Department of Defense Photo by Mass Communication Specialist 1st Class Daniel Hinton

Dempsey Reassures NATO Allies on Ukraine

The chairman of the Joint Chiefs says he’s prepared to back up NATO militarily if things escalate in Ukraine. By Ben Watson

The U.S. military is prepared to back up NATO if the unrest in Ukraine escalates, Joint Chiefs Chairman Gen. Martin Dempsey said Friday.

American diplomats are working around the clock to come to a solution to Russia’s takeover of Crimea in eastern Ukraine. Dempsey said he’s been talking to his military counterparts in Russia, but he’s also sending a clear message to Ukraine and members of NATO that the U.S. military will respond militarily if necessary.

“We're trying to tell [Russia] not to escalate this thing further into Eastern Ukraine, and allow the conditions to be set for some kind of resolution in the Crimea,” Dempsey said in an interview with PBS Newshour’s Judy Woodruff. 

“But the message we are sending militarily is to our NATO allies,” he said.

When asked if there is a chance of U.S. military intervention in the Ukraine crisis, Dempsey replied, “That’s a question that I think deserves to be assessed and reassessed and refreshed as this thing evolves.”

“But remember,” he added, “we do have treaty obligations with our NATO allies. And I have assured them that if that treaty obligation is triggered, we would respond.”

Early Thursday the American guided-missile destroyer, USS Truxtun, departed Greece headed toward the Black Sea. The destroyer will be passing through the region as part of the USS George H.W. Bush Carrier Strike Group bound for the Middle East. This trip, Kirby explained, had been planned well before the February unrest in Kiev began and new leadership took control of the embattled nation.

Some estimates this week put the numbers of Russian troops in Crimea—which Russian President Vladimir Putin maintained Tuesday are merely “self-defense” forces—at 30,000. But Pentagon spokesman Rear Adm. John Kirby said Friday that despite the inherent difficulties of arriving at an exact figure of Russian troops, the latest intelligence suggests the number is closer to 20,000.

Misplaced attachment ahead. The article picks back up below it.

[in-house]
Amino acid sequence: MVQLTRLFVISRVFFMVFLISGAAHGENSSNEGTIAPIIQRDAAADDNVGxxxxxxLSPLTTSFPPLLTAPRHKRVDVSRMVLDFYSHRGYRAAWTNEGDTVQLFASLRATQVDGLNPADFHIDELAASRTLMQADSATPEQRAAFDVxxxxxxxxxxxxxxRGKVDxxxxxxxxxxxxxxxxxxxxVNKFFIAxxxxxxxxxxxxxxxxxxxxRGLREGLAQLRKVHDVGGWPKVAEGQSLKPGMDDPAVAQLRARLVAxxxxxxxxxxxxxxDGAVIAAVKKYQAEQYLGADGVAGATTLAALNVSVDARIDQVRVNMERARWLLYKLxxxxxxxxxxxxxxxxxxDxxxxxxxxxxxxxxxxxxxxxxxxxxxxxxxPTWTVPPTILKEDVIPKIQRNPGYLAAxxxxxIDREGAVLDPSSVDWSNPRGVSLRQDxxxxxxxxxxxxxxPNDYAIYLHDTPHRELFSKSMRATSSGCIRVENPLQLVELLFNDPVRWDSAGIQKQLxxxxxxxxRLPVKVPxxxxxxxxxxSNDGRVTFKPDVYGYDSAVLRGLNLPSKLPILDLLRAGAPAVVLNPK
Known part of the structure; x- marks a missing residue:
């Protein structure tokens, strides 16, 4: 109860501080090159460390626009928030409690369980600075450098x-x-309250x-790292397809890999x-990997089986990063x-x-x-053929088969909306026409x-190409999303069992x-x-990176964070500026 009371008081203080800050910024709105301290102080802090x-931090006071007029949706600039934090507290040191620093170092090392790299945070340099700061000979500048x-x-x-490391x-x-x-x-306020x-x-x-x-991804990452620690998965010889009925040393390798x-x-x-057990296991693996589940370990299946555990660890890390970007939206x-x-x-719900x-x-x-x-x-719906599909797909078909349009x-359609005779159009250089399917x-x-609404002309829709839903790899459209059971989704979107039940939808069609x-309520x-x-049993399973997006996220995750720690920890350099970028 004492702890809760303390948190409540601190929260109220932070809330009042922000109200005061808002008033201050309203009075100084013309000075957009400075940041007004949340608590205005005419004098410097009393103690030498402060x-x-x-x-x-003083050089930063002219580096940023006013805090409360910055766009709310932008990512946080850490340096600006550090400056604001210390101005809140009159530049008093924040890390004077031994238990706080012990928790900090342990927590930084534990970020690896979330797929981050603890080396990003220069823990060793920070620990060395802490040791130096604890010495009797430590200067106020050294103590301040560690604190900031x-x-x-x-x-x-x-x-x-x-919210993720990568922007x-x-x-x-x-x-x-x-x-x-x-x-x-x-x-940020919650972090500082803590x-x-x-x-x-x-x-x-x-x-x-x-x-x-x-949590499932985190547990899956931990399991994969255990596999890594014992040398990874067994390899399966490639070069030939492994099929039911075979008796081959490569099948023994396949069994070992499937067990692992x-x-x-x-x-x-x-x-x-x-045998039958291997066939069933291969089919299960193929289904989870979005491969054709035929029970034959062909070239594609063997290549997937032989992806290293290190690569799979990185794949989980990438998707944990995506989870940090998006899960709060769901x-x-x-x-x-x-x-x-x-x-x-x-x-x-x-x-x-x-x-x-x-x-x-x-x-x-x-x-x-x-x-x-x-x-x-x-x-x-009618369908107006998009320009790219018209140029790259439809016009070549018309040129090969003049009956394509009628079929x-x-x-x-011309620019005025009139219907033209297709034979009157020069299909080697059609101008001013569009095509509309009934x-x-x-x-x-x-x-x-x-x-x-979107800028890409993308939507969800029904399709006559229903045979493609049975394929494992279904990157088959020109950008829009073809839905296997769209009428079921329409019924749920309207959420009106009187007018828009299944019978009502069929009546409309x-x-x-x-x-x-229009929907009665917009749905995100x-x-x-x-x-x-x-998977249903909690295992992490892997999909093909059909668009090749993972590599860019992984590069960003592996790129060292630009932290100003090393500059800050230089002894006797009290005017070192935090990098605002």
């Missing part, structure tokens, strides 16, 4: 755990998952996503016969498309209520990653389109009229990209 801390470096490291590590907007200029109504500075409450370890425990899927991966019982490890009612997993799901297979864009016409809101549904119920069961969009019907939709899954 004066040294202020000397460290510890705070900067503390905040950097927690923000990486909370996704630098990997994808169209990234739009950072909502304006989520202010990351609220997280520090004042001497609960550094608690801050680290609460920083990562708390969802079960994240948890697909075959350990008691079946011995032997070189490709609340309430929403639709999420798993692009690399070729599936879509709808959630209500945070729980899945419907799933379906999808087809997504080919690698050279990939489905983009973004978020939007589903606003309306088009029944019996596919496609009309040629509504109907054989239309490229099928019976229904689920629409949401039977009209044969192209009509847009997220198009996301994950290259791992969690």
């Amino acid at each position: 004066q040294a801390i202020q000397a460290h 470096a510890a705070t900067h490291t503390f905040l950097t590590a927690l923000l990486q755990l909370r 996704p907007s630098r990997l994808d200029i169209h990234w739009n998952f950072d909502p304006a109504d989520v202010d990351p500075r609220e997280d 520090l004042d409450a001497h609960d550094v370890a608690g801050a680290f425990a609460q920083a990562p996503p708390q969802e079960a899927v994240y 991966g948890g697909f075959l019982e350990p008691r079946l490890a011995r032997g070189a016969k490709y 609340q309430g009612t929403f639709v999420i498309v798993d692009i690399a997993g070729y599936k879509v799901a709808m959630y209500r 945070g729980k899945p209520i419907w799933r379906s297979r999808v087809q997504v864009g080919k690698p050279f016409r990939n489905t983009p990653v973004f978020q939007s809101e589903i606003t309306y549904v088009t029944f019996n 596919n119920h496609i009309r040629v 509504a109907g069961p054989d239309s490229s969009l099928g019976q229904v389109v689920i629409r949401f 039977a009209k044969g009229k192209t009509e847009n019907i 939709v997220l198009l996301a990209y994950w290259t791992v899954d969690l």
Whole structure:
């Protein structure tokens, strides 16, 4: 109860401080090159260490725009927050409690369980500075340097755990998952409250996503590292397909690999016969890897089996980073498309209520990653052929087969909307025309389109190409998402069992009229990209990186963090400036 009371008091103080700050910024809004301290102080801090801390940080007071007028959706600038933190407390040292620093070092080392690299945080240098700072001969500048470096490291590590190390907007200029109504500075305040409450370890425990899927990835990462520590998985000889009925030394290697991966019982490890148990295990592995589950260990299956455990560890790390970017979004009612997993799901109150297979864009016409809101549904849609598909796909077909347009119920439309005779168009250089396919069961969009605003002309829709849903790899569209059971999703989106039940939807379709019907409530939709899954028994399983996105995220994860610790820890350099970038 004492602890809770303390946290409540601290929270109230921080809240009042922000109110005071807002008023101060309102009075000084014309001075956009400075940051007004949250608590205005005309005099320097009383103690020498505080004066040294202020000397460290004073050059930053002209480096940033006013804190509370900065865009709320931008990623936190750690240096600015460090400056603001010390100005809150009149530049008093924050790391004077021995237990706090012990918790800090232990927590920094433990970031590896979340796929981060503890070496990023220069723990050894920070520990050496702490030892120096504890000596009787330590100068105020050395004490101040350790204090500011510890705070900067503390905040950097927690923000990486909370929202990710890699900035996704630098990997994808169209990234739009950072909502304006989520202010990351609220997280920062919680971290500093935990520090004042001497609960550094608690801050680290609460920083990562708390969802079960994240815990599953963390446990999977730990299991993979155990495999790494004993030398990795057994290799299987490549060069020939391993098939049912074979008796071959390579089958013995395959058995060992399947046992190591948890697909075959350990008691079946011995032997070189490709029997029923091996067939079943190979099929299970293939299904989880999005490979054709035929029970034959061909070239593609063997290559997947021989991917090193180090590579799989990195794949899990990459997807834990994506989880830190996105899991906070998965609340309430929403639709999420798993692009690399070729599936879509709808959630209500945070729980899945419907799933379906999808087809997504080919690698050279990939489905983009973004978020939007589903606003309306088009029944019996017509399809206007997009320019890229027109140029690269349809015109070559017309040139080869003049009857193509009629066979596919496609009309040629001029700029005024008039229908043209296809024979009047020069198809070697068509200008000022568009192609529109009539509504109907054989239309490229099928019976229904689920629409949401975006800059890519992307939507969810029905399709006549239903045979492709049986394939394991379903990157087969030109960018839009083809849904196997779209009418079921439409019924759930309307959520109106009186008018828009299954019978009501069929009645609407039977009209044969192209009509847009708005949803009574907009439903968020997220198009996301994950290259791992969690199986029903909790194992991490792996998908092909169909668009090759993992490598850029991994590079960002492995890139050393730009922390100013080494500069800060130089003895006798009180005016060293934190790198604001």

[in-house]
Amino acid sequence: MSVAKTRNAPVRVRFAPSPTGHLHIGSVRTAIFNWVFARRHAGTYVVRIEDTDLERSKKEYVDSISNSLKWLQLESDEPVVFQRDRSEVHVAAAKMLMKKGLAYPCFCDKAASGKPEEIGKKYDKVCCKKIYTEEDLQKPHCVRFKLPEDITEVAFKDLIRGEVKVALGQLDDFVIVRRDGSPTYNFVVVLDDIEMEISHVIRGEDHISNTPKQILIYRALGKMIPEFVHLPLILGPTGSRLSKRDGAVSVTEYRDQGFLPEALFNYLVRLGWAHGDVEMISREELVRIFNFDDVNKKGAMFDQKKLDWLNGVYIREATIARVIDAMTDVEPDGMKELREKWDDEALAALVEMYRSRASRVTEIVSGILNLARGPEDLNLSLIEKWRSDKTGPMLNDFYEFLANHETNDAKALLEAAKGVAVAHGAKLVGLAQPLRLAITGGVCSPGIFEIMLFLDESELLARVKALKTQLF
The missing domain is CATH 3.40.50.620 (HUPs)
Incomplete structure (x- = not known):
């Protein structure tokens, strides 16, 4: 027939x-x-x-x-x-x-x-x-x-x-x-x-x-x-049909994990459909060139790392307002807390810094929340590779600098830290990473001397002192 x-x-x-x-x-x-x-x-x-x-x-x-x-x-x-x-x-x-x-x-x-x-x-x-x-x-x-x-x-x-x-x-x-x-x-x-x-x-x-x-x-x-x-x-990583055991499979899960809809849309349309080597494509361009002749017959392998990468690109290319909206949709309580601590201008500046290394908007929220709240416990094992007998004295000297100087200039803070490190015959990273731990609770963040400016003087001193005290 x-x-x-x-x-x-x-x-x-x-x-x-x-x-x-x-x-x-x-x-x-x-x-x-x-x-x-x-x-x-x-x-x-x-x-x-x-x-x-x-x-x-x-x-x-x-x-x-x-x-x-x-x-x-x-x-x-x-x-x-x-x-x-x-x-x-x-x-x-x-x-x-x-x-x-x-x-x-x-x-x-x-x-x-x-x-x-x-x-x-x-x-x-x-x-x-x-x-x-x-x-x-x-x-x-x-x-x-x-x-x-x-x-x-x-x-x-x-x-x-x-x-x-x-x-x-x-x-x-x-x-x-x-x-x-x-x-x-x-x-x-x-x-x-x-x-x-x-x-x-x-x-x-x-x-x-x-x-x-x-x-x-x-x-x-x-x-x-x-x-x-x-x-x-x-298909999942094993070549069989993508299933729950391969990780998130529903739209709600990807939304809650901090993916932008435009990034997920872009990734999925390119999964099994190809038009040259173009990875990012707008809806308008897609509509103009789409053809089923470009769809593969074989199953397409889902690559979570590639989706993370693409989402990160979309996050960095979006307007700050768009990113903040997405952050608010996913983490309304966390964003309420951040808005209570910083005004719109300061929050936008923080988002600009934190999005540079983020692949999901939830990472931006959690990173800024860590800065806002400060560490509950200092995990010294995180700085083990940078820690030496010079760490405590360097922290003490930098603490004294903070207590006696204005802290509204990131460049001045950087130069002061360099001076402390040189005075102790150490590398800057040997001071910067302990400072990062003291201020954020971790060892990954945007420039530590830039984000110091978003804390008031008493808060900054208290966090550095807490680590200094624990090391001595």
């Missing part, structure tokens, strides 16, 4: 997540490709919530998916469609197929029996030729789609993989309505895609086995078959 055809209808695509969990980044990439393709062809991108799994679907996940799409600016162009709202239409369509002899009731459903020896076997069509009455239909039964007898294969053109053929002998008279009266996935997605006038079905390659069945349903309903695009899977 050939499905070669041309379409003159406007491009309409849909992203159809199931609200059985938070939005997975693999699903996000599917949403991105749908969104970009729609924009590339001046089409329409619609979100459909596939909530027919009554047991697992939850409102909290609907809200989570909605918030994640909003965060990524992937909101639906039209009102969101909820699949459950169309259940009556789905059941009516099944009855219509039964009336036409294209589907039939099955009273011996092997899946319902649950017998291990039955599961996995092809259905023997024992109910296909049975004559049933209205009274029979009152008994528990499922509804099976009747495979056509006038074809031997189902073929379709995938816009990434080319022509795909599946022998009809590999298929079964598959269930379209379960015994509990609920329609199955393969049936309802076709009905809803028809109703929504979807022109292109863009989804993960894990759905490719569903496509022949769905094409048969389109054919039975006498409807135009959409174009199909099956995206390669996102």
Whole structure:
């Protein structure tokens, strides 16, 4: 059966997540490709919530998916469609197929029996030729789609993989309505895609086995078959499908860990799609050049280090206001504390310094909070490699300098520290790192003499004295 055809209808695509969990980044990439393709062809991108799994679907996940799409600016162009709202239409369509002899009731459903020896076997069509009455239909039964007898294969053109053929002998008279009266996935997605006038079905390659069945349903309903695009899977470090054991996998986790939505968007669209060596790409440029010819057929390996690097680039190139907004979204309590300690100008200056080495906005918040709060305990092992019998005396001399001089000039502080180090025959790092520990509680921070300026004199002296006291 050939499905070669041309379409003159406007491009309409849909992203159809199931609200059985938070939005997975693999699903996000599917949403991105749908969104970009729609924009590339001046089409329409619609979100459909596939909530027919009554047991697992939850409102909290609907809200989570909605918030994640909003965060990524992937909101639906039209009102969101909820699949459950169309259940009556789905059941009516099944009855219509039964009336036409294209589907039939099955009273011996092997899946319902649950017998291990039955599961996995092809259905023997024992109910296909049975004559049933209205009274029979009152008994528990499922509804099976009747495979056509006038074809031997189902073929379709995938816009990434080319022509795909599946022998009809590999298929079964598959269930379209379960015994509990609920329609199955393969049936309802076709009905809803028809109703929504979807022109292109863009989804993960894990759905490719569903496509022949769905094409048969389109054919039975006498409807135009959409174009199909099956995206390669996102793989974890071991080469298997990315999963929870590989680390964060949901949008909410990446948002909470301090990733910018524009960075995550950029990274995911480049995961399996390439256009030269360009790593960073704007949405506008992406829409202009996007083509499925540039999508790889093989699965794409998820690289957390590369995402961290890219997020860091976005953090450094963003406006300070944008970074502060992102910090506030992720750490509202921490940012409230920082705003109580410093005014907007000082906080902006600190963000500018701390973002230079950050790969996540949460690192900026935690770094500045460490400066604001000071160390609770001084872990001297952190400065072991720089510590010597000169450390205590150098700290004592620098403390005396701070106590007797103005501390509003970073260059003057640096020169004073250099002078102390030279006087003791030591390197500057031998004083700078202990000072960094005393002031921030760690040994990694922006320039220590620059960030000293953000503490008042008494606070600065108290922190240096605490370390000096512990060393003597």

Russia has “added forces over the last week or so,” he said. “It's less important the number than what it is they’re doing...blocking off Ukrainian naval bases by sinking patrol boats into the waterways,” for example, he added, pointing to the latest developments around the two naval bases Russia leases from Ukraine.

Defense Secretary Chuck Hagel called his Ukrainian counterpart, Defense Minister Ihor Tenyukh, on Friday, speaking for the first time since Tenyukh assumed the job after pro-Russian President Viktor Yanukovych fled the country. The call lasted about 20 minutes and Tenyukh asked for advice on carrying out humanitarian missions, Kirby said.

Kirby emphasized the Pentagon’s ties to its allies in the region, explaining that the U.S. will continue to “look for ways to demonstrate our commitment to NATO” in the coming days and weeks.

“As Secretary Hagel said yesterday, we will pursue measures that reinforce those commitments to include the provision of additional support to NATO's Baltic air policing mission and to our aviation detachment in Poland,” said Kirby.

That Baltic policing mission currently includes 10 U.S. personnel working alongside Polish troops.

In addition to sending F-15s to the Baltic and F-16s to Poland, the Obama administration this week imposed several measures in response to Russian maneuvers in Ukraine.

“In terms of how that's manifested, you have seen broad international unity in the condemnations out of the North Atlantic Council, out of our European allies, and out of the G7 countries,” a senior administration official said. “We suspended preparatory meetings for the G8 in Sochi. The United States has pulled down and cancelled discussions associated with keeping trade and commercial ties to Russia. We've also cancelled military exercises and joint consultations with Russia on those specific issues, while providing additional reassurance to our European allies about our commitment to their security.”

Nevertheless, Dempsey cautioned, “If Russia is allowed to do this, which is to say move into a sovereign country under the guise of protecting ethnic Russians in Ukraine, it exposes Eastern Europe to some significant risk, because there are ethnic enclaves all over Eastern Europe and the Balkans.”

But, he added, “I do have this open line with my Russian counterparts. So everything that we’ve done, I tell them, here’s what we’re doing. Here’s why we’re doing it, you know, we disagree fundamentally about your claim of legitimacy; but as militaries, let’s try to avoid escalating this thing.”